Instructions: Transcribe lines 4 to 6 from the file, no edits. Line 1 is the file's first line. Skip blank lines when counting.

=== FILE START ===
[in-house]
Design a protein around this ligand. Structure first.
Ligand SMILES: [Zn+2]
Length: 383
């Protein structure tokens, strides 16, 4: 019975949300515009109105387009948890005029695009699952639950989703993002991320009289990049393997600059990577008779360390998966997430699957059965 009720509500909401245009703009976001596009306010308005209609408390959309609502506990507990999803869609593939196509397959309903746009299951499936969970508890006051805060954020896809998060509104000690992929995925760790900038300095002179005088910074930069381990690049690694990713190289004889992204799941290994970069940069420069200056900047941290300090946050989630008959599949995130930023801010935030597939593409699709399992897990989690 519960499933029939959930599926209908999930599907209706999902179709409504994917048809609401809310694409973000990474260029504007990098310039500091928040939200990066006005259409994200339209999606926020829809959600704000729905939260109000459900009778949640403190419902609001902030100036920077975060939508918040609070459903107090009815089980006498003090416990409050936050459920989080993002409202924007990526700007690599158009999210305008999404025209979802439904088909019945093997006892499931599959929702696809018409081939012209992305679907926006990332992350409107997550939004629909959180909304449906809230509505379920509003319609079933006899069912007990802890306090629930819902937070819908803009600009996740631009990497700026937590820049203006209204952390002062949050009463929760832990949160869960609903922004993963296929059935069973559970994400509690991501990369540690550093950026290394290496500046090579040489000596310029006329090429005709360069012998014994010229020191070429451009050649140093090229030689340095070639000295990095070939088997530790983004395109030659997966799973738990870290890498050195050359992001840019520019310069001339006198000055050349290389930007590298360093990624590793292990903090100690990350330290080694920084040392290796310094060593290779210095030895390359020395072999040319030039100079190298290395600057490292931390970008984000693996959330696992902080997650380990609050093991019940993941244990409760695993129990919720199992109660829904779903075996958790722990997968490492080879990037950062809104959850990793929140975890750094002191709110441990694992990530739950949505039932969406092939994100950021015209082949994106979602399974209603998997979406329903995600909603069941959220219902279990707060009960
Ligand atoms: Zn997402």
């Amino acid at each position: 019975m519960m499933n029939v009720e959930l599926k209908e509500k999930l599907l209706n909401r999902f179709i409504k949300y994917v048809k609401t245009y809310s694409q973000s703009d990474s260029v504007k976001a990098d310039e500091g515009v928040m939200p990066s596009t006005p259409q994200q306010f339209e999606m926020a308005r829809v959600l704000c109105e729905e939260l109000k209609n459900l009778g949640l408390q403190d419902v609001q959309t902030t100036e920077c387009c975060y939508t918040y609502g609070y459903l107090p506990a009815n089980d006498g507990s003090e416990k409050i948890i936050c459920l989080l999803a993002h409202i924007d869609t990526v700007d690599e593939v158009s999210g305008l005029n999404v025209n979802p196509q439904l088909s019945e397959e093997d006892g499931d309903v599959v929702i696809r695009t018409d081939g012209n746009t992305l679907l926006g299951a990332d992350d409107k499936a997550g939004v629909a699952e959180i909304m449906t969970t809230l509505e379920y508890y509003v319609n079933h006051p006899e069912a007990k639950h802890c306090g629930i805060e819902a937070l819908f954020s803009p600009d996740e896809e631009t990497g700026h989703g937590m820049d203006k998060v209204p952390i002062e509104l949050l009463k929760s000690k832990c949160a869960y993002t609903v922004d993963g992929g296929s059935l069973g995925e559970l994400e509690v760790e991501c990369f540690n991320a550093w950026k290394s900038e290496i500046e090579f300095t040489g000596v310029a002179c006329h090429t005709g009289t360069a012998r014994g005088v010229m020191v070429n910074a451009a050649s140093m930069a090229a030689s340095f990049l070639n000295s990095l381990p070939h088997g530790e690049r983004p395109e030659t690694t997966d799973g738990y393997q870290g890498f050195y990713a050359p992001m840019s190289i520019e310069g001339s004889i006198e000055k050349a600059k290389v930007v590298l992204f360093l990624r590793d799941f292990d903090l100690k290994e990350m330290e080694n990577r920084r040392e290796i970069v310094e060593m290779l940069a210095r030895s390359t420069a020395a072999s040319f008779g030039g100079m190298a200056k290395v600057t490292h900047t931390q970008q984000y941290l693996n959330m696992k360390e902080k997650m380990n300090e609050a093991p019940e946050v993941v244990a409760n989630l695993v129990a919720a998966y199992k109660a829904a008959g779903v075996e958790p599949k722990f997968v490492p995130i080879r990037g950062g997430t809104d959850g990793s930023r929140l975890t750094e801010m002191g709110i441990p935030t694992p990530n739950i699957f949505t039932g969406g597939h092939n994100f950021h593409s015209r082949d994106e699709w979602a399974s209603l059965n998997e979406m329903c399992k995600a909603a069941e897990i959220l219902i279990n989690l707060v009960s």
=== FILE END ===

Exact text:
Length: 383
């Protein structure tokens, strides 16, 4: 019975949300515009109105387009948890005029695009699952639950989703993002991320009289990049393997600059990577008779360390998966997430699957059965 009720509500909401245009703009976001596009306010308005209609408390959309609502506990507990999803869609593939196509397959309903746009299951499936969970508890006051805060954020896809998060509104000690992929995925760790900038300095002179005088910074930069381990690049690694990713190289004889992204799941290994970069940069420069200056900047941290300090946050989630008959599949995130930023801010935030597939593409699709399992897990989690 519960499933029939959930599926209908999930599907209706999902179709409504994917048809609401809310694409973000990474260029504007990098310039500091928040939200990066006005259409994200339209999606926020829809959600704000729905939260109000459900009778949640403190419902609001902030100036920077975060939508918040609070459903107090009815089980006498003090416990409050936050459920989080993002409202924007990526700007690599158009999210305008999404025209979802439904088909019945093997006892499931599959929702696809018409081939012209992305679907926006990332992350409107997550939004629909959180909304449906809230509505379920509003319609079933006899069912007990802890306090629930819902937070819908803009600009996740631009990497700026937590820049203006209204952390002062949050009463929760832990949160869960609903922004993963296929059935069973559970994400509690991501990369540690550093950026290394290496500046090579040489000596310029006329090429005709360069012998014994010229020191070429451009050649140093090229030689340095070639000295990095070939088997530790983004395109030659997966799973738990870290890498050195050359992001840019520019310069001339006198000055050349290389930007590298360093990624590793292990903090100690990350330290080694920084040392290796310094060593290779210095030895390359020395072999040319030039100079190298290395600057490292931390970008984000693996959330696992902080997650380990609050093991019940993941244990409760695993129990919720199992109660829904779903075996958790722990997968490492080879990037950062809104959850990793929140975890750094002191709110441990694992990530739950949505039932969406092939994100950021015209082949994106979602399974209603998997979406329903995600909603069941959220219902279990707060009960
Ligand atoms: Zn997402």